Before starting to tweak levels and curves, remove anything you don't want in your final image. In the example image there was a girl in the bottom left corner that I had to remove using the Clone Stamp Tool (S). Right-Click the layer and select Duplicate Layer, click OK and then Right-Click the new layer and select Rasterize Layer.

This way you will keep a copy of the original raw file that you can edit in Camera Raw just Double-Clicking on the layer's thumbnail. Do your cloning and healing process in the new layer.

Removing unwanted people and objects from image

Step 5

Now we will start working with the different zones of the image. We can divide our image in 5 sections:

  1. The left walls in the foreground.
  2. The right walls in the foreground.
  3. The white building in the background.
  4. The road.
  5. The sky.
The five zones of the image

Step 6

We will start with the 4th zone: the road. Choose the Pen Tool (P) and select the Paths option (second button) in the upper toolbar. Now draw the shape of the road.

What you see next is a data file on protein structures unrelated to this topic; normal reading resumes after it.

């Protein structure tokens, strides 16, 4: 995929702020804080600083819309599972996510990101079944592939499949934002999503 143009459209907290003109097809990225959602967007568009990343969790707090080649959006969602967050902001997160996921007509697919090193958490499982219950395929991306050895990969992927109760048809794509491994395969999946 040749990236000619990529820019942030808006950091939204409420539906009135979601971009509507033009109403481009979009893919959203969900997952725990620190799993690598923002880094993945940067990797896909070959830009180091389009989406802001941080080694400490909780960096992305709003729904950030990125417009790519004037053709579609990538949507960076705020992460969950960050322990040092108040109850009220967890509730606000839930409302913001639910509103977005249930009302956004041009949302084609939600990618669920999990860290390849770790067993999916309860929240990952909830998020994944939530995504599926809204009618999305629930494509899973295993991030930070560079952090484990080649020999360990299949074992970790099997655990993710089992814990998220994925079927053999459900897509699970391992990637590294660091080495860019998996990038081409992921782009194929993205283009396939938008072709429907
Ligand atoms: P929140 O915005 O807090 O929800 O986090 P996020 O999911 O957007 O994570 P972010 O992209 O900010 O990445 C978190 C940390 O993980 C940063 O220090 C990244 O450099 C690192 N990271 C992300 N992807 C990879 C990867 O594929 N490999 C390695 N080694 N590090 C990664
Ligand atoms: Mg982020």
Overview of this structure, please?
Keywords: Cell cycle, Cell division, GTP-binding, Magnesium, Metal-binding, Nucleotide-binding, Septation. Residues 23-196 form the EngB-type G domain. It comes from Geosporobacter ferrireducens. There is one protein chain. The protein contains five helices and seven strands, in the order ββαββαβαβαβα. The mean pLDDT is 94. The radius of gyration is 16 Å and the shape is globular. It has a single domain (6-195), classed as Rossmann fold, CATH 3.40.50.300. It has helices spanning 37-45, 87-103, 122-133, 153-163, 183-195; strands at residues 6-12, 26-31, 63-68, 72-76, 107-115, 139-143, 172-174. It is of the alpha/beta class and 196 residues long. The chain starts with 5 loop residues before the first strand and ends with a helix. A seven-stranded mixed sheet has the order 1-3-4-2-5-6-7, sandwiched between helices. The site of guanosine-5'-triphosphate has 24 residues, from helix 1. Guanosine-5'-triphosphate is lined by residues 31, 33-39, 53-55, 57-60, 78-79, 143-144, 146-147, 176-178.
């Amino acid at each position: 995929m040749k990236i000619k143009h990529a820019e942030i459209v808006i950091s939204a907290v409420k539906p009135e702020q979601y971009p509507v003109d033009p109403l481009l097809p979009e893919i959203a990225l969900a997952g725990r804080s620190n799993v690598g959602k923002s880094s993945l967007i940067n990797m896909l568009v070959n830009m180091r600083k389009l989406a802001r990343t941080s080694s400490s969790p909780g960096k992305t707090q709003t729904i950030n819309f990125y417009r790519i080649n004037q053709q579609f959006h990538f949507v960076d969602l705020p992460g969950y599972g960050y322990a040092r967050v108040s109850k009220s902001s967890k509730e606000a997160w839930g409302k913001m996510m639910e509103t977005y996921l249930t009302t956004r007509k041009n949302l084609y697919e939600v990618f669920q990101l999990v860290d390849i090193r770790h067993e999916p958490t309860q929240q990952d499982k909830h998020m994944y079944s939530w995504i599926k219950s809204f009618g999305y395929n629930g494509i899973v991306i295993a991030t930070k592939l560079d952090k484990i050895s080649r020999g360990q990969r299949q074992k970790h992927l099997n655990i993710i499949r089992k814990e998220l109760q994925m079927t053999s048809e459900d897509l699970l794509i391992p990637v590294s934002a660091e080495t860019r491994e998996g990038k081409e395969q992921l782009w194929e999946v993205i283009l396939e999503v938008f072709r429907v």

Selecting the road with the Pen Tool (P)

Step 7

Once you finish with the Pen Tool, Right-Click the newly created shape and select Make Selection. Make sure Anti-Aliased is ticked and Feather Radius is set to 0px, then click OK. Now go to Layers > New Adjustment Layer > Levels and create a new levels layer called "Road".

New Levels Adjustment layer on selected zone

Now let's adjust the levels. Double-Click on the Road Levels layer and the Levels Adjustment window will appear. Now move the black handle to the beginning of the histogram, and the white handle to the end of the histogram.